Part 2 is a set of the Standard Mortgage Terms (administrative provisions).  These Standard Mortgage Terms are written in favor of the bank in the similar vein as if you had the money and were loaning it to someone else.  They stipulate that you are obliged to keep the property in good condition and make the payments, failing which the bank has legal recourse and can, if necessary, sell the home in satisfaction of the loan.

Further, if after sale there is a shortfall, the bank may be able to pursue you to recover the outstanding amount of the loan.

The Day of Completion: What Happens

On the completion date, your lawyer or notary will place your certified cheque or bank draft in Trust and submit all of the documents you have signed, along with the Transfer, to the Land Title Office for registration. 

Computerized time searches of the title are triggered and only when your lawyer or notary’s satisfied that you will own the property (subject only to the mortgage and charges of which you are aware), will he or she then release the funds  to the seller’s legal professional to clear title of any financial obligations of the seller.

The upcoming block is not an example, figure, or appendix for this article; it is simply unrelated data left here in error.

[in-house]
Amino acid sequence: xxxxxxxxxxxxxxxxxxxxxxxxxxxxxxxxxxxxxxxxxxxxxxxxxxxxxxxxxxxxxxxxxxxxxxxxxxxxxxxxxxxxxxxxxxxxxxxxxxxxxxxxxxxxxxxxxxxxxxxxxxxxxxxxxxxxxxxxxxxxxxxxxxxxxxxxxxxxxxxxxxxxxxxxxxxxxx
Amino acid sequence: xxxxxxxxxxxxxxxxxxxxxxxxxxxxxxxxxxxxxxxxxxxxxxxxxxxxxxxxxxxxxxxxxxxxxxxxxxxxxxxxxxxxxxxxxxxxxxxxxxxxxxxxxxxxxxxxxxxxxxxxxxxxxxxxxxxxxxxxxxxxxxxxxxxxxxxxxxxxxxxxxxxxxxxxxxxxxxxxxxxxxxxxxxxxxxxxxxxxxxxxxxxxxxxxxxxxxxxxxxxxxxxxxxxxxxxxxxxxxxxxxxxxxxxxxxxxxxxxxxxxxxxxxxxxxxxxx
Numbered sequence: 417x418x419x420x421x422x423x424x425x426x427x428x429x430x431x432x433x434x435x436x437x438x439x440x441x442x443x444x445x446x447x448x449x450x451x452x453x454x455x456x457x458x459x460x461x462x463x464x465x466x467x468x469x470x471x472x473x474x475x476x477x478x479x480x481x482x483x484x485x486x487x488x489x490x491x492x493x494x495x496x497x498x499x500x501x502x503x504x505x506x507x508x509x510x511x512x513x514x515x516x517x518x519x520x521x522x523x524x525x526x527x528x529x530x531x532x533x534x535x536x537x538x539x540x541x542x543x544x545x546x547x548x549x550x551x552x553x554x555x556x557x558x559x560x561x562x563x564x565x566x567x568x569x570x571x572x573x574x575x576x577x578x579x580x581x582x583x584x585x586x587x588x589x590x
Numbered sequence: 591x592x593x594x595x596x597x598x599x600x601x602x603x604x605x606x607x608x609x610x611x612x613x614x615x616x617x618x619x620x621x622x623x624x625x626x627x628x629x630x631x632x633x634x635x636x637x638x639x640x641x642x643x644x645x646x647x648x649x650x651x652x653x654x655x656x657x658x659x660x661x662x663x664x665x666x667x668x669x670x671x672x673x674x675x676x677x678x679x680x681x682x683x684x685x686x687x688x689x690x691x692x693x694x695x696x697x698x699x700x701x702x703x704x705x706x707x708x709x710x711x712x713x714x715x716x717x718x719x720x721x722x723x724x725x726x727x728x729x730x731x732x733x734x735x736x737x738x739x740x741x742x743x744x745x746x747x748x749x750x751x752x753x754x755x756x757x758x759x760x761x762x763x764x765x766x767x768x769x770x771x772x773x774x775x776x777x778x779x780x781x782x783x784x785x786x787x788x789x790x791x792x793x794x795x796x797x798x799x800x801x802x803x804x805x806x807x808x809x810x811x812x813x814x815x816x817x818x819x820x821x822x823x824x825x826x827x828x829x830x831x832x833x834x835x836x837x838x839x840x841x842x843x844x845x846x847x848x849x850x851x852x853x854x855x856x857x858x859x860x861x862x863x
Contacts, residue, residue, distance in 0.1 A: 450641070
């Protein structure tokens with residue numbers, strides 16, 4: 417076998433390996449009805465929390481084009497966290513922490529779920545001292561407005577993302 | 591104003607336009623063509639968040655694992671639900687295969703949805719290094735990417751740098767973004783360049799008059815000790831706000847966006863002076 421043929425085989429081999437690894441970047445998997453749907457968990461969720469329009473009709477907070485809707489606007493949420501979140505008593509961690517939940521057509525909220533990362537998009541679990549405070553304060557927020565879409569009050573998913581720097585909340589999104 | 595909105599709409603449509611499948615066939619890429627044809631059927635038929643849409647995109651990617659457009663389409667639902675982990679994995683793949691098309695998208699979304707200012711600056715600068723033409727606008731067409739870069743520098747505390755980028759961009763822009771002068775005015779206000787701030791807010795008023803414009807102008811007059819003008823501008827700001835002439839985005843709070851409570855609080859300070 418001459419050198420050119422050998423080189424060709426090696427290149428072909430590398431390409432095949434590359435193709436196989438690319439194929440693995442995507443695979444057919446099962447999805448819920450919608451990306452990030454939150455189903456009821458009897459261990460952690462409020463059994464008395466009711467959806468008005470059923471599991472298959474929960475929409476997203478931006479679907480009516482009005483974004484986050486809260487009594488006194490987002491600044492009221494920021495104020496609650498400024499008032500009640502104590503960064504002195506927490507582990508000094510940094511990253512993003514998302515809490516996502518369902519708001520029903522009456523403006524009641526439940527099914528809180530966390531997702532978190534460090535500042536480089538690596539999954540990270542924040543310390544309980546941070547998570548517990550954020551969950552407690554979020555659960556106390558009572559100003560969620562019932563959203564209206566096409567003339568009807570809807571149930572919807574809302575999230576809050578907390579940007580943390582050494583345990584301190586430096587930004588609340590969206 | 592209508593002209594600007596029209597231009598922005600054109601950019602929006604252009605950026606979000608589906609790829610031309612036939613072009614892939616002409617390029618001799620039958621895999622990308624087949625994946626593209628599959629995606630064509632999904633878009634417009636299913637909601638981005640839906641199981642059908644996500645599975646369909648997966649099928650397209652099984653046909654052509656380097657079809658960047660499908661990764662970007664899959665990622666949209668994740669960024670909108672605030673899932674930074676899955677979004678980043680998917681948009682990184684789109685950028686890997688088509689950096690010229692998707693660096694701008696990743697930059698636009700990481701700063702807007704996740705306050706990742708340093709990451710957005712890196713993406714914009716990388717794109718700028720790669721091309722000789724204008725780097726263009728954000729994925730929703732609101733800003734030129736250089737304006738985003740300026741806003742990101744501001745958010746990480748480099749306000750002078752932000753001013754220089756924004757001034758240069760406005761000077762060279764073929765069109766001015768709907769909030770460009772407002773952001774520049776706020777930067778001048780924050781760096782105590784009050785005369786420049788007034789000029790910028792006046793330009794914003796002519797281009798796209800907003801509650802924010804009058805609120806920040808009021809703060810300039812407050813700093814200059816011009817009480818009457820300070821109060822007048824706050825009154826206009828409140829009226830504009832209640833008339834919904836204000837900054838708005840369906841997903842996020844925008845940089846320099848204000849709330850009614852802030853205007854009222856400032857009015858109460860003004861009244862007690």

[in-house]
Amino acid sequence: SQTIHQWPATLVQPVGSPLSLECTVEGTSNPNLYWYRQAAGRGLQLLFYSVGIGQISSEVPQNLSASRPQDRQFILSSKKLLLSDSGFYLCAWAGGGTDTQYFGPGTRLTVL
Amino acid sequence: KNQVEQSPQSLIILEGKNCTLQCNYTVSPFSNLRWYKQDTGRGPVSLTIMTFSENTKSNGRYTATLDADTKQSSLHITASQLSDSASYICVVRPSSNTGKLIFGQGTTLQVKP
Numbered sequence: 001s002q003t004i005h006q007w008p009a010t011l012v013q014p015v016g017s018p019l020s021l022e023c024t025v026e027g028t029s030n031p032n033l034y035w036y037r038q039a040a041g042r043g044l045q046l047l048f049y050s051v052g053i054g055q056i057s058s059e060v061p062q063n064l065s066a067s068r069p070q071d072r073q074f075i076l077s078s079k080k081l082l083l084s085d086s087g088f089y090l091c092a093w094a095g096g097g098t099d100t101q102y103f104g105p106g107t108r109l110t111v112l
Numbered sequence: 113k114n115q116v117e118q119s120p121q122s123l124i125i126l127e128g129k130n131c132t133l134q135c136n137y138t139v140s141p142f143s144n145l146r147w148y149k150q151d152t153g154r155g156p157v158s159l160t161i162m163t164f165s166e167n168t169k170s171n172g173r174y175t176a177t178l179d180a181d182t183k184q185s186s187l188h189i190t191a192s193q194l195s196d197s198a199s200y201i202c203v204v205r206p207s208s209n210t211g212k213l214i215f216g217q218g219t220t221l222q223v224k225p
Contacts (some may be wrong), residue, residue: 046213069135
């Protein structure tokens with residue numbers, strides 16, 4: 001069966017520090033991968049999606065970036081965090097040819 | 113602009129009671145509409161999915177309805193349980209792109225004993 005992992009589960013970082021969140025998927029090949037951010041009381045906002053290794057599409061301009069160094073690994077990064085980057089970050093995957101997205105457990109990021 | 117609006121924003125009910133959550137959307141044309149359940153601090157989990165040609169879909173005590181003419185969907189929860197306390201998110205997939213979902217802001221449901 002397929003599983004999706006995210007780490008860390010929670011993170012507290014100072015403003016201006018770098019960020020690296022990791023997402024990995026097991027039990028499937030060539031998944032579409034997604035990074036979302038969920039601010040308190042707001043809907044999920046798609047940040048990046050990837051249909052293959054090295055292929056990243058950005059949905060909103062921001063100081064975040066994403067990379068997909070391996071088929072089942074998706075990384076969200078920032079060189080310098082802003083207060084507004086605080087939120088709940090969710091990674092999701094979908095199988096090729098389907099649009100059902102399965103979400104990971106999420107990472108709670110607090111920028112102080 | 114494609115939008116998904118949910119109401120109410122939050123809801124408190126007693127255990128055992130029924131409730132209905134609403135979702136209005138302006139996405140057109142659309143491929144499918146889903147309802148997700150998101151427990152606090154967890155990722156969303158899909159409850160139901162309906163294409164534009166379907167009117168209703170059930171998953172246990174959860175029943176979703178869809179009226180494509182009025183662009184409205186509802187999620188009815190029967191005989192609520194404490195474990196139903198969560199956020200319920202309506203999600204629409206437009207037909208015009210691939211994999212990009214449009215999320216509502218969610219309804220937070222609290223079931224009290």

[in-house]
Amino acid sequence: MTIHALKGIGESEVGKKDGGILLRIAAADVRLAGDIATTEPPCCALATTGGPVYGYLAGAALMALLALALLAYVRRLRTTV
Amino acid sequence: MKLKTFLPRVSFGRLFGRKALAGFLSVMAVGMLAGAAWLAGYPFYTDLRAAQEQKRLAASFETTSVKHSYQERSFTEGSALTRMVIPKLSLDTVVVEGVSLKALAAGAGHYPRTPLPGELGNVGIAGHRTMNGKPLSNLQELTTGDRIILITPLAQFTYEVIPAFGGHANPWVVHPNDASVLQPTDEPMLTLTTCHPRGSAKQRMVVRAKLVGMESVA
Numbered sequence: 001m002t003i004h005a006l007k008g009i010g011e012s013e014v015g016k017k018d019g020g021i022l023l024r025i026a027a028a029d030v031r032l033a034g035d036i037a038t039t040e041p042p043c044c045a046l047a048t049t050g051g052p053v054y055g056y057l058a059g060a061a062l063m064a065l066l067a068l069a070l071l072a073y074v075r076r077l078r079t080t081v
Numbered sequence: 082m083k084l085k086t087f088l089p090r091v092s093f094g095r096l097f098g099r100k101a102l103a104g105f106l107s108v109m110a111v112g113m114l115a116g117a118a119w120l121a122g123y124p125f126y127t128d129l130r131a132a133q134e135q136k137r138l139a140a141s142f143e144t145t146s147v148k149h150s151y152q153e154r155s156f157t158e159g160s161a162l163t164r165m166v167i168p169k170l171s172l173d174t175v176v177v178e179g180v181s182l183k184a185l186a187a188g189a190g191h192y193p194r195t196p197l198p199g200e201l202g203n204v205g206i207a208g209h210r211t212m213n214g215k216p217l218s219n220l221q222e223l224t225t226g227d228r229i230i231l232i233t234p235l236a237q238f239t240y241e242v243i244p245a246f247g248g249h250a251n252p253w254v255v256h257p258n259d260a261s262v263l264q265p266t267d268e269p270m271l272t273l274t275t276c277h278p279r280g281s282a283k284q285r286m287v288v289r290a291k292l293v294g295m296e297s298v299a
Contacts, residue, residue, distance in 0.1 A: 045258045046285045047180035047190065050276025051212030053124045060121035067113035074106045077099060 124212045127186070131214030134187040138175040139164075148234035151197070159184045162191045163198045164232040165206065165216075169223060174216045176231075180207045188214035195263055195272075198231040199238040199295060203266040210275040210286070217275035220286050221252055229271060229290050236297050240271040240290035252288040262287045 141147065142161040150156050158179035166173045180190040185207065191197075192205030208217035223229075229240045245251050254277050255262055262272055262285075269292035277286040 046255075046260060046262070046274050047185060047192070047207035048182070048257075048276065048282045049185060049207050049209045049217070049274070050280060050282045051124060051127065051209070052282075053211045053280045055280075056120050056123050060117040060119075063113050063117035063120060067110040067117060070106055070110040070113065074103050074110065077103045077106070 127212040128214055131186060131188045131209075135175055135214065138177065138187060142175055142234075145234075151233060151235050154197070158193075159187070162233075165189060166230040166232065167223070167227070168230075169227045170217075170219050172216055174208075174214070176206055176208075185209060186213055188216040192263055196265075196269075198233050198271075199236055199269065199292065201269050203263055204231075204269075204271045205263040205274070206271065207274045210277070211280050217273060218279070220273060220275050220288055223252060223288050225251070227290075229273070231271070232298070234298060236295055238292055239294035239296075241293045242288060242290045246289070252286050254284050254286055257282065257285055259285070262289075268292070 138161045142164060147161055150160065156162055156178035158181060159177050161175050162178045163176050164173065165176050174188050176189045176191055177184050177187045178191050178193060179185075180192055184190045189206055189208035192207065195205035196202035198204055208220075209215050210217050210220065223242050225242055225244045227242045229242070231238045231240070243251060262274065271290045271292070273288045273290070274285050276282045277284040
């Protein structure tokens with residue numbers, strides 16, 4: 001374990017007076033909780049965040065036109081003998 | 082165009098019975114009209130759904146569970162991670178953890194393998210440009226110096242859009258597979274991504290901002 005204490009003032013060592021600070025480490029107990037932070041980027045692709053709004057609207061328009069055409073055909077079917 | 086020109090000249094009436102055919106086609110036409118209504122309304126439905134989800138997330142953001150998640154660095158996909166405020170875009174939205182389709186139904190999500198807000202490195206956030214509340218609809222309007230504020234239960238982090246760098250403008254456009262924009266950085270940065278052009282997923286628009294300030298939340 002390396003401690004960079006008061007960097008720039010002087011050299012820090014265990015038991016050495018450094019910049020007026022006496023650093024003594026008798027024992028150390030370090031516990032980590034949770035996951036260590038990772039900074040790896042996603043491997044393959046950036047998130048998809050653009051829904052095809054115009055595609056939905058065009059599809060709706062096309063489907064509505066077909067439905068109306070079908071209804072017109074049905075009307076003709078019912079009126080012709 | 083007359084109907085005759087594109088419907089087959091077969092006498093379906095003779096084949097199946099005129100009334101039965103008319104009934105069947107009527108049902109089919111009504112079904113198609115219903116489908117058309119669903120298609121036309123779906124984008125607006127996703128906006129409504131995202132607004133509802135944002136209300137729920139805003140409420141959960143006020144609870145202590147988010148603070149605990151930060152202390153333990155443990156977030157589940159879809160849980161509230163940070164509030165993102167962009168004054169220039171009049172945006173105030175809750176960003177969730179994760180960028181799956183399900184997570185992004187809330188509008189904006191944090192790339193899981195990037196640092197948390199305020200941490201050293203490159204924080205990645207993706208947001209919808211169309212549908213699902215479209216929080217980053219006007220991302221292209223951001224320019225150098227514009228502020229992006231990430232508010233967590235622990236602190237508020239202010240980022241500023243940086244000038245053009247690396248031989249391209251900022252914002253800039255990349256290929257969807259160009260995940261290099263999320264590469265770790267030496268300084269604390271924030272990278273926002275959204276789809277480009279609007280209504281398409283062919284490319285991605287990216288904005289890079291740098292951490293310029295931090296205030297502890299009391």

The Land Title Office issues a time date serial number for all documents to evidence the ownership. Once the funds are exchanged, the contract is completed, which entitles you to take possession on the date stated in your contract.

Shortly after this, your legal professional will forward to you a copy of the Transfer and Mortgage with registration confirmation, as well as copies of other documents you did not receive in your meeting with the lawyer.

Approximately 2-6 months later, you will get another letter from your lawyer or notary containing a copy of a State of Title Certificate ( a document issued from the Land Title Office) showing you as the registered owner, subject to your mortgages and any encumbrances or ordinances noted in your meeting with your lawyer or notary.  The State of Title Certificate confirms your ownership of your home and concludes the matter.